IRS Says 412(i) Pension Plans Must Be Reported; Co’s Filing For Bankruptcy

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Jeffrey Johnson is a legal writer with a focus on personal injury. He has worked on personal injury and sovereign immunity litigation in addition to experience in family, estate, and criminal law. He earned a J.D. from the University of Baltimore and has worked in legal offices and non-profits in Maryland, Texas, and North Carolina. He has also earned an MFA in screenwriting from Chapman Univer...

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UPDATED: Jul 15, 2021

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The Internal Revenue Service (IRS) says that 412(i) pension plans are reportable transactions and participants must file Form 8886 or face hundreds of thousands of dollars in fines. Unfortunately, it’s forced many of the small companies in high tax brackets who unknowingly participated in these tax shelter retirement plan schemes to file for bankruptcy.

IRS says report it – or else

Steve Burgess, an insurance expert on 412(i) pension and 419 welfare benefit plans, says that in 2004, the IRS came out and said that these were reportable transactions and that if you were involved in them, you must report it by filing a specific form – IRS Form 8886. So, where does the “or else” fit it? Burgess explained:

If you don’t file that form, then the penalty for not reporting the transaction to the individual participant is $100,000 a year for every year you don’t file. Corporations pay an additional $200,000 penalty per year for not reporting the transaction.

I’ve spoken with people that had put $50,000 a year into these plans through their corporation. They didn’t report the transaction for three years, so now they owe in $900,000 in penalties to the IRS for a tax deduction that was only $150,000 total. I know of several business owners that have had to file for bankruptcy because the penalties are so large that there’s no way that they could pay them.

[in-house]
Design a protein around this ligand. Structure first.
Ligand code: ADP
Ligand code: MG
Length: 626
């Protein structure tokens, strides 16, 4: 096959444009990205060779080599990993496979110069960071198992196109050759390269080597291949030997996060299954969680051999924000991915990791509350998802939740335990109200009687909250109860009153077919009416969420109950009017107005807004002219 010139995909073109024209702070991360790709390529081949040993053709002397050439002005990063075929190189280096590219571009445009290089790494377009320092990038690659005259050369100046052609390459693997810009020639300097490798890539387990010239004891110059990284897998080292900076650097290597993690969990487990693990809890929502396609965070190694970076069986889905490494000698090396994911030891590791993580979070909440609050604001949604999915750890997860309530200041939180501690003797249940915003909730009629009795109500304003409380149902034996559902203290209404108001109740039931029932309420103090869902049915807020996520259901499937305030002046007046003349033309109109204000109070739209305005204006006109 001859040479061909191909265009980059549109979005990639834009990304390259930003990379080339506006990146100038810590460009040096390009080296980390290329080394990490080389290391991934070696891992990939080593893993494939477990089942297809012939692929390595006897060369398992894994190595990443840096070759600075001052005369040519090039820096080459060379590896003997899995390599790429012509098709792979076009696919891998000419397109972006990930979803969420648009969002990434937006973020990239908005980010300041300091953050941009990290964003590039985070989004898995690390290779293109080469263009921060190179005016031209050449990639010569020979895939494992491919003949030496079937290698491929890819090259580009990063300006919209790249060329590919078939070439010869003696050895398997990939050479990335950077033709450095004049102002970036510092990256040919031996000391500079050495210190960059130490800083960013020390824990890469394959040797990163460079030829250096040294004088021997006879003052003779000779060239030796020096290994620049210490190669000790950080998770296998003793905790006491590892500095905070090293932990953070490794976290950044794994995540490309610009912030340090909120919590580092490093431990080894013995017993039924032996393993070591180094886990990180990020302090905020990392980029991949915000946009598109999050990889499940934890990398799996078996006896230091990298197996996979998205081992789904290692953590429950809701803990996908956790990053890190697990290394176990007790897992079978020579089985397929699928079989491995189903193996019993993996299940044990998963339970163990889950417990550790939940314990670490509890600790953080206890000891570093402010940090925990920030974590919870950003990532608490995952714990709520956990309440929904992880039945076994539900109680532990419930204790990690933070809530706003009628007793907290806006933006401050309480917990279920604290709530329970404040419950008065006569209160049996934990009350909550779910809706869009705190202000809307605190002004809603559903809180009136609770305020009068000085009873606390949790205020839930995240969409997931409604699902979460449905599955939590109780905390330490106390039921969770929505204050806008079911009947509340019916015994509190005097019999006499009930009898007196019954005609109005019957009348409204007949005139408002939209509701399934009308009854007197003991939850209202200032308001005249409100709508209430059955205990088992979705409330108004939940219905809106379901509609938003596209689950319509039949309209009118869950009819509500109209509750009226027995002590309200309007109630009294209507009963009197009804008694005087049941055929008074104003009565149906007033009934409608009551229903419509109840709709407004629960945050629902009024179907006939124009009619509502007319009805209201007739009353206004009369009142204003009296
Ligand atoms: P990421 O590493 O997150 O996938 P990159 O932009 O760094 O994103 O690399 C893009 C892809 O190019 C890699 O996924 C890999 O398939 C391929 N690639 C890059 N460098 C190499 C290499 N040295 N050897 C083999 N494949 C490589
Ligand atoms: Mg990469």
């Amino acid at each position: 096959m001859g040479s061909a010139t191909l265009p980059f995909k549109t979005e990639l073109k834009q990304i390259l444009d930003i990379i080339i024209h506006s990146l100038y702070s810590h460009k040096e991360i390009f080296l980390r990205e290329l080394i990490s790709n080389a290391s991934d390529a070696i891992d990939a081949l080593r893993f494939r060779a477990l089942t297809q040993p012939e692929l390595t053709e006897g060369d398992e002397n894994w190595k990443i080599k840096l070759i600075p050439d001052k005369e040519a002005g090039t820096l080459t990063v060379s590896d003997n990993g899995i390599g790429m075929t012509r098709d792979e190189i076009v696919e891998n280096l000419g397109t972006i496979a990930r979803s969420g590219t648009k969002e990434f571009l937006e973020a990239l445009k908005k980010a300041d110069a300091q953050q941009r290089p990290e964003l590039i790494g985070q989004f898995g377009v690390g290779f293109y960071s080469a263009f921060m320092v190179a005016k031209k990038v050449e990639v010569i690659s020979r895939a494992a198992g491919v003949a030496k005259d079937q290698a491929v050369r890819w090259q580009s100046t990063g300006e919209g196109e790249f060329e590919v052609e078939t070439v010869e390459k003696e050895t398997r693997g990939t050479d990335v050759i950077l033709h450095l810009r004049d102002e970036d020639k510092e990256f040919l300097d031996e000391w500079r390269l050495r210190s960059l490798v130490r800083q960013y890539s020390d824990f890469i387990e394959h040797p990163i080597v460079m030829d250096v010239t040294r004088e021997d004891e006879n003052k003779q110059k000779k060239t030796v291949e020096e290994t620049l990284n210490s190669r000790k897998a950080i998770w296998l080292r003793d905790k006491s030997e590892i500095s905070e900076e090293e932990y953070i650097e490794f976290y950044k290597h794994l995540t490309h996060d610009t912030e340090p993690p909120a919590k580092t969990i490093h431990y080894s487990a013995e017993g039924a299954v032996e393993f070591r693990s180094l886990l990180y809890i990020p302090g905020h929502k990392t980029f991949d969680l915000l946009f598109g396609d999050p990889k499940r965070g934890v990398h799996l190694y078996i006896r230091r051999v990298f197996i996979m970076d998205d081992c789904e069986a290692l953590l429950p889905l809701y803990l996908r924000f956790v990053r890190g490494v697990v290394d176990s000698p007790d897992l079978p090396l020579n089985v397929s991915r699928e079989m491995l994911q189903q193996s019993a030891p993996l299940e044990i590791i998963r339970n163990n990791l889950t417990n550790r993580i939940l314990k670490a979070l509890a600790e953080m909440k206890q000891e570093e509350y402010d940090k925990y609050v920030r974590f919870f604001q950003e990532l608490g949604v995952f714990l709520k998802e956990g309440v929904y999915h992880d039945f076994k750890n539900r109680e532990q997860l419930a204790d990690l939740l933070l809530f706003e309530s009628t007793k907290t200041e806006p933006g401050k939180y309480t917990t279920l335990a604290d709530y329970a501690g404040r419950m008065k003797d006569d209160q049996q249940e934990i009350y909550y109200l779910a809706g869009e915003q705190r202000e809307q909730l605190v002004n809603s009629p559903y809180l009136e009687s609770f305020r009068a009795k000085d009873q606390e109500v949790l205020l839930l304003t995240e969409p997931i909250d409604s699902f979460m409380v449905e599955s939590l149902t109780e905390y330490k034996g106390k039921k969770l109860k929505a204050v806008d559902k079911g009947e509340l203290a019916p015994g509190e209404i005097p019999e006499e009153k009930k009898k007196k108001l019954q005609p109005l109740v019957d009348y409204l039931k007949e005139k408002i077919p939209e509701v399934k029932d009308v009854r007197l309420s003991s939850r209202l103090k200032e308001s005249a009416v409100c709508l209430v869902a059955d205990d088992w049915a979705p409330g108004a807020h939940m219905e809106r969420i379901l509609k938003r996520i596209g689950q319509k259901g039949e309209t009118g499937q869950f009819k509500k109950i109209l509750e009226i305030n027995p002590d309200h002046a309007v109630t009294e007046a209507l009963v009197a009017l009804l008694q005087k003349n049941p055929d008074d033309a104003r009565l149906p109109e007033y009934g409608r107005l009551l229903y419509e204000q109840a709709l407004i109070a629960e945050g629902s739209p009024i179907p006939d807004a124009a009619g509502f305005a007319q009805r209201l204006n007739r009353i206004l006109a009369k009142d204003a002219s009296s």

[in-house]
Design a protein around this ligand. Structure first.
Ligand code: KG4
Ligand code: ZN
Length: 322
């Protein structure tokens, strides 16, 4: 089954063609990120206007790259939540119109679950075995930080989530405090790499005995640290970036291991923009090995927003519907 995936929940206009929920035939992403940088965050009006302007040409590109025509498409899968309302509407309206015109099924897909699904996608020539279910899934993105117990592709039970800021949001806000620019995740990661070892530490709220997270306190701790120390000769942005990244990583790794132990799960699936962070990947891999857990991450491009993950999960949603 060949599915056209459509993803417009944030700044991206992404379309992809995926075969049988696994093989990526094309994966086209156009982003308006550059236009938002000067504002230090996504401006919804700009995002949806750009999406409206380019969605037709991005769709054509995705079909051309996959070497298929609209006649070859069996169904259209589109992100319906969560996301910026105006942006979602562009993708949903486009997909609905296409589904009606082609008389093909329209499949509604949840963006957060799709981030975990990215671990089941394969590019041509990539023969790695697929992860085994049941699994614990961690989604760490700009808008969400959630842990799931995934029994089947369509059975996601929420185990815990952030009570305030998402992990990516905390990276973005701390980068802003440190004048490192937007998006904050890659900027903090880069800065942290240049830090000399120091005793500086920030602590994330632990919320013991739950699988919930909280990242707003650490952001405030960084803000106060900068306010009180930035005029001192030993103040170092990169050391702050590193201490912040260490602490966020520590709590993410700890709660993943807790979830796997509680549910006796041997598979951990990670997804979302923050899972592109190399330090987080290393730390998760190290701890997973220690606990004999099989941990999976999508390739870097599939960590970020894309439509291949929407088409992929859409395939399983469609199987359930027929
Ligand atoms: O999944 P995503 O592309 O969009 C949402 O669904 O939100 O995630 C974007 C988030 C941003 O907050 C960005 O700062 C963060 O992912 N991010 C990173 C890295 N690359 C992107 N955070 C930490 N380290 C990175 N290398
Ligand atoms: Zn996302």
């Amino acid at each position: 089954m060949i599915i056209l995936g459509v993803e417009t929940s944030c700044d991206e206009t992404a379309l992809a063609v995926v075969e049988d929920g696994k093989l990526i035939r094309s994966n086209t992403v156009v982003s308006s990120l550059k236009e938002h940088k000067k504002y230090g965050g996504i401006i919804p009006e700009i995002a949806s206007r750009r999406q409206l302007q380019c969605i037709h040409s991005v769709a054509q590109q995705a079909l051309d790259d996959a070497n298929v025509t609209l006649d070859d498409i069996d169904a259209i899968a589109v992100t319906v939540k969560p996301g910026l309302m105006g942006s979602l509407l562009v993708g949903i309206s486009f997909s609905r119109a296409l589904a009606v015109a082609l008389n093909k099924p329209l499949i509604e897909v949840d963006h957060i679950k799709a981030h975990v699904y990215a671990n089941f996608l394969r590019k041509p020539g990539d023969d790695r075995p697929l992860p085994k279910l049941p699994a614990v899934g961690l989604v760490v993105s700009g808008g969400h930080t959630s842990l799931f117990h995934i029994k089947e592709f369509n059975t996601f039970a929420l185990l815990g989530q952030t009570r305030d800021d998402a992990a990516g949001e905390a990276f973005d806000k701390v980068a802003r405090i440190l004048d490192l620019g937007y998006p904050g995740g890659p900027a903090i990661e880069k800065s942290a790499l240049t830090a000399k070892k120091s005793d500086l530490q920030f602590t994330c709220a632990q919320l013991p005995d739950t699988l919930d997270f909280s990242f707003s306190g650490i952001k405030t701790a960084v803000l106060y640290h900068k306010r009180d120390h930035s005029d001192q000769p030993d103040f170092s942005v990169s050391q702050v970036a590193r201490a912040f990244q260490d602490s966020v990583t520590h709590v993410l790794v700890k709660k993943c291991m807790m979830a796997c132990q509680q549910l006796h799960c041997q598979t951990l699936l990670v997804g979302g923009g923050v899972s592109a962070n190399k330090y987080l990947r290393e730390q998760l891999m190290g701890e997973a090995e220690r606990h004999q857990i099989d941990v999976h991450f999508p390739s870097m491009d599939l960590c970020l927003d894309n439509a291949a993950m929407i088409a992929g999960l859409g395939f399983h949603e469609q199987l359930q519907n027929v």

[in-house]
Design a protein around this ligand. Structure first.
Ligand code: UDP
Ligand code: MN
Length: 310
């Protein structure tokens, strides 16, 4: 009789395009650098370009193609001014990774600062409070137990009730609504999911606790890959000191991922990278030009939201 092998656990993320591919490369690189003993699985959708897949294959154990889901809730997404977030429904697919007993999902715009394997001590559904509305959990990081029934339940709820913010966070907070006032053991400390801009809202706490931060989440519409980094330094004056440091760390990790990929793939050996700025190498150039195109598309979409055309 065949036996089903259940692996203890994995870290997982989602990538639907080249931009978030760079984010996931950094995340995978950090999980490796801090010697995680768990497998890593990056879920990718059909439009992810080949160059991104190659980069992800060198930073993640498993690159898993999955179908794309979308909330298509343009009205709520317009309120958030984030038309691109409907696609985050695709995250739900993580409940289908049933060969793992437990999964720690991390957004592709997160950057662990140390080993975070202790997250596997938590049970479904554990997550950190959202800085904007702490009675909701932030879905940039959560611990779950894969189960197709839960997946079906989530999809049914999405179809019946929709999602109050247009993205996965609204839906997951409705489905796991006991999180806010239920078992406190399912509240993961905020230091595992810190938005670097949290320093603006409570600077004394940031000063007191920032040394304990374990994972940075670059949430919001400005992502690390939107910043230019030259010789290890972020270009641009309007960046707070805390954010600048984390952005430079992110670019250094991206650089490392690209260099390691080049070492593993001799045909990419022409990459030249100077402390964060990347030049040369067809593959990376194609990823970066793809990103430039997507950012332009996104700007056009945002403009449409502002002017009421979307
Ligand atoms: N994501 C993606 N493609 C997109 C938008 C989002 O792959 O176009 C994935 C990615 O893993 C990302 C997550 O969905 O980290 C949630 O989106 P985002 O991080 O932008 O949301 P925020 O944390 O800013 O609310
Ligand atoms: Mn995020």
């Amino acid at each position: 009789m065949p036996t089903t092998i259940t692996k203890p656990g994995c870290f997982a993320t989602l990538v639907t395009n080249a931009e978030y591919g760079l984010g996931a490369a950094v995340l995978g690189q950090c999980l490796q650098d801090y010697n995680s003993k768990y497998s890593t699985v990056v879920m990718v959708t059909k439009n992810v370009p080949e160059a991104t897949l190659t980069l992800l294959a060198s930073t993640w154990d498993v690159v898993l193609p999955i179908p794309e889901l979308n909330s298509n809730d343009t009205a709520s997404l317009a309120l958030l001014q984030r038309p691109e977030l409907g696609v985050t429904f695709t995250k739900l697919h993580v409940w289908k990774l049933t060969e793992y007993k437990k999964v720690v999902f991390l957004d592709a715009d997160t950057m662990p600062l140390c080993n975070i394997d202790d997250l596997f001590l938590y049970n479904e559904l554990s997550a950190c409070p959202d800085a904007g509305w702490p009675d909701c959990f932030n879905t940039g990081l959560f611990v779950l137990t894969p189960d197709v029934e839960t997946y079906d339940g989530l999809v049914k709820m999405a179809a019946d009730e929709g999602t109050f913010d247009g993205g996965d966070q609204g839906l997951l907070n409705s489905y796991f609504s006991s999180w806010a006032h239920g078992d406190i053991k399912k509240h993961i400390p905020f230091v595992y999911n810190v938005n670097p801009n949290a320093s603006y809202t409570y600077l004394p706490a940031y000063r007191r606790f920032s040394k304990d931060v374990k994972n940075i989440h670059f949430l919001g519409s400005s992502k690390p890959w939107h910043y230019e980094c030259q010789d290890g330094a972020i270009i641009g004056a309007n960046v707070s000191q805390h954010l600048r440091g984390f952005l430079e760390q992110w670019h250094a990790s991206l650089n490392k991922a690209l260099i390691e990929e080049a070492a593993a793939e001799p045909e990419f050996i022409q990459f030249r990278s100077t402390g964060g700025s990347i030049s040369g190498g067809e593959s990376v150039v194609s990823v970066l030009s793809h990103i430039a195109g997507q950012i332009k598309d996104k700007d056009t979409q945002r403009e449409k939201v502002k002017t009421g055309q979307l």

IRS Code Section 412(i) replaced & rewritten

The IRS rewrote code section 412(i), which effectively doesn’t exist any more, according to Burgess, who says that code section 412(e) has taken its place, contains very specific language about what you can and can’t do and that the IRS has re-written the way that a life insurance policy is valued. He explained:

That was the big issue with how people were getting money out of these plans without paying any taxes on them is claiming a much lower value than the actual policy. So the IRS effectively wiped out that tax loophole.

The big impact, though, is that once you identify that you’re in one of these plans to the IRS, you can almost guarantee that you’re going to be audited. The IRS has audited probably thousands of companies that were in these plans. Employers have had to restate earnings and pay back taxes, penalties and interest for their participation in the plan because the plans were not set up correctly – and then they got hit with these huge penalties for not reporting the plan.

Senate Finance Committee asks IRS not to enforce penalties – yet

The penalties involved with 412(i) pension plans are such a hot item that the Senate Finance Committee actually went to the IRS a few months ago and asked them not to enforce those penalties until they could investigate it further and come up with a more fair assessment of penalties to match the transaction.

While that may be good news, Burgess says that, nonetheless, people are sitting in limbo right now with hundreds of thousands of dollars of penalties over their heads, waiting to see what the outcome is going to be. At this time, the IRS has not said when it will rule on the matter.

We asked him how he thinks the IRS will rule on the Senate’s request to stop assessing fees against these plans. Here’s what he told us:

I think they’re going to amend the law as it is right now. The penalty is assessed under code section 6707A for any kind of reportable transaction that doesn’t initially get reported. It didn’t become a big issue until it hit the 412(i) marketplace because these are such small businesses.

In 2008, the taxpayer advocate made that her number one priority in her report back to the IRS that these penalties are egregious for many of the situations because it doesn’t matter if you put $50,000 or $5 million into a plan; you still get the same penalty. What I think is going to happen is that they’re going to keep the penalty, but make it a percentage of the participation in the plan.

If you’ve been the victim of a fraudulent or abusive tax shelter scheme, contact an experienced pension fraud attorney to discuss your situation and evaluate what remedies may be available to you.

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